Pretty Unicorns and the Beast of the Pit
“Demon Sacred” seems to be a bit of an experiment for Tokyo Pop. Both Volume 1 and Volume 2 are being released on the same day, and at about half the price of their usual manga. I am not sure if this is just a tactic to get people hooked or if they will keep it up for the whole series but I have to say that I approve.
Aside from the pricing , “Demon Sacred” is pretty good. When I saw that cover, I thought I was in for a typical “Flowers and Pretty Boys” shojo series, and when the opening page has a heard of beautiful unicorns charging out of the Aurora I was even more worried. But this is the author of the Hard Science Fiction series JYU-OH-SEI and Natsumi Itsuki rarely delivers pure fluff. Diving into fantasy like this is different from her previous work, but it turns out that she handles it just fine.
In fact, “Demon Sacred” is almost a mix of Sci Fi and Fantasy. The series takes place in an unknown future when over 100,000 people have become victims of “Return Syndrome,” a disease that causes the body to age in reverse until you disappear (ala the Sci Fi epic Hyperion). Scientists are working around the clock to find the origin of this condition, but without success. Once scientist in particular, Shinobu, is obsessed with finding a cure as the disease is directly affecting one of the twin girls in his care. Rina and Mona are twins, but whereas Mona is their true age of fourteen Rina has regressed to about nine years old and doesn’t have too many more years to go.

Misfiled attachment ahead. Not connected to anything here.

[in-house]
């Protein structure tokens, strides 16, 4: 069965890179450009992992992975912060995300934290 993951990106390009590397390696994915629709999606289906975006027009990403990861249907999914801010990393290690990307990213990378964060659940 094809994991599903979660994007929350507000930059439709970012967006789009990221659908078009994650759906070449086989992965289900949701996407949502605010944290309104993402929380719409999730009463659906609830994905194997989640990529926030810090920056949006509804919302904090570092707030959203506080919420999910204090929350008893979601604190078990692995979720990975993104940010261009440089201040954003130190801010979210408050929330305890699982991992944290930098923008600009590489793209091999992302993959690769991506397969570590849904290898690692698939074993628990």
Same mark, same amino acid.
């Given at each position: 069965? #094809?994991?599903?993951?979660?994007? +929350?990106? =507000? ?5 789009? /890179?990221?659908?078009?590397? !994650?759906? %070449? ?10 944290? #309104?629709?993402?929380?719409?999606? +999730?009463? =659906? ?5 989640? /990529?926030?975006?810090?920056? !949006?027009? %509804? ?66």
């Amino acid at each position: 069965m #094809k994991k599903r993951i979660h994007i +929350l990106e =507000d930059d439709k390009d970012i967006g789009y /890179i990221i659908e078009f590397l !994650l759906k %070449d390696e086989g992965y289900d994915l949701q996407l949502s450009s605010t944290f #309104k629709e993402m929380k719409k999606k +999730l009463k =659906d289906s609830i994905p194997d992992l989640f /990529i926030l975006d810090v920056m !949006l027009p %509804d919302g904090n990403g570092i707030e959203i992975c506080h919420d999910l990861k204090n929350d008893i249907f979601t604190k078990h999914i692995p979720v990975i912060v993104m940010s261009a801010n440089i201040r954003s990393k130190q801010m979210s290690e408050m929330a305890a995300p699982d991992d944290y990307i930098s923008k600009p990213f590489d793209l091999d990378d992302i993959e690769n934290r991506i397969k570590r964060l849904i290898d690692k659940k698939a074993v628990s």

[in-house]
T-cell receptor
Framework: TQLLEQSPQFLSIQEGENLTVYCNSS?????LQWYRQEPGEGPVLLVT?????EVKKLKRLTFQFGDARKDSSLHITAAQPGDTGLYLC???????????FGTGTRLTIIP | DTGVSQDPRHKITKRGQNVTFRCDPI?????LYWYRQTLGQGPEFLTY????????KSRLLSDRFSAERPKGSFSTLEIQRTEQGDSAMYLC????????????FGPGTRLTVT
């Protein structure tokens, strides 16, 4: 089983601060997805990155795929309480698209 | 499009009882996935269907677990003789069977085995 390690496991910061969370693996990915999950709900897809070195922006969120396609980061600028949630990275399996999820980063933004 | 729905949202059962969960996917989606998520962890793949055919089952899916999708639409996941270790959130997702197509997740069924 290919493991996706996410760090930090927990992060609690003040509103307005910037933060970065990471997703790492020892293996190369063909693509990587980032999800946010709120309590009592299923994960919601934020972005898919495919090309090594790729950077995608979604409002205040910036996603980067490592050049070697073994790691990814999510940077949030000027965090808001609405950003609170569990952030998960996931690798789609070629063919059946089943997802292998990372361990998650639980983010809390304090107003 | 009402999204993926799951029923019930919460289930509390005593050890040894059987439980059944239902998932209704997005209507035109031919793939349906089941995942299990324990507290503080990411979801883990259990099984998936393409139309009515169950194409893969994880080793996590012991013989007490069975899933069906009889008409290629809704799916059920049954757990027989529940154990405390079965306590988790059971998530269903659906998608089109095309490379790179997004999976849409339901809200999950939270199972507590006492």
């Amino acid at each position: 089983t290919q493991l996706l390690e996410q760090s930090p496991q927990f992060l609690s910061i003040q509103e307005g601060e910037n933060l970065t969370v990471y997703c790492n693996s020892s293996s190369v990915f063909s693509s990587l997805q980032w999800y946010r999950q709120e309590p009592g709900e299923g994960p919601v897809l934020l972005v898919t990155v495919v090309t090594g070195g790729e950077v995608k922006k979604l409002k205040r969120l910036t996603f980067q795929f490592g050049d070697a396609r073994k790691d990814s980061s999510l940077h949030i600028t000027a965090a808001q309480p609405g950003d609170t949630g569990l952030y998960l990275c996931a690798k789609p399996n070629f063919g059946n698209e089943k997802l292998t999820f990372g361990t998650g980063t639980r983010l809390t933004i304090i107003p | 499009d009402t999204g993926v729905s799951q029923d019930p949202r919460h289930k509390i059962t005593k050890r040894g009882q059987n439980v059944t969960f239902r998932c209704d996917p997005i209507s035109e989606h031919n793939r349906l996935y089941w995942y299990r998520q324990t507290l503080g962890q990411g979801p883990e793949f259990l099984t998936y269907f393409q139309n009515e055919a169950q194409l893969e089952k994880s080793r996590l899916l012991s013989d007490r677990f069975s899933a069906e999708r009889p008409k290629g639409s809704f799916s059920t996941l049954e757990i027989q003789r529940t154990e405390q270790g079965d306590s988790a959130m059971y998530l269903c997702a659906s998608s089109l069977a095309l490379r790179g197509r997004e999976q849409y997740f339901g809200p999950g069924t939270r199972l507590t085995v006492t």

Into the lives of Shinobu, Rina and Mona comes Mika, a demon in the guise of a Finnish composer who died long ago. It turns out that Mika was one of those unicorns from the opening scene, and he was bound into this form by Rina and Mona’s mother. The “Return Syndrome” turns out to be the effect of demons and other magical creatures returning to Earth, and their eternal existence wrecks havoc with the time-sense of normal humans. But in a rare effect, come humans can bind the demons to do their bidding, and Mika was so bound by Rina and Mona’s mother. The only way to cure Rina is to bind a more powerful demon and force him to slow down Rina’s rapid regression.
So you can see, it is actually a pretty thick plot with some heavy concepts being bounced around. Of course, Natsumi delivers plenty of eye candy as all the demons seem to be bound in the forms of idealized men by the girls around them, and Mona eventually binds her own demon (THE demon, as in the actual one bearing the mark 666) in the form of a pop star she admires. The art here is very nice, and the volume never gets so deep into shojo territory that guys can’t enjoy it as well.
I haven’t read through Volume 2 yet, but that is next on my list. I think Tokyo Pop has done a smart thing here by making these comics cheap enough to pick up on a whim, and good enough to keep the reader hooked.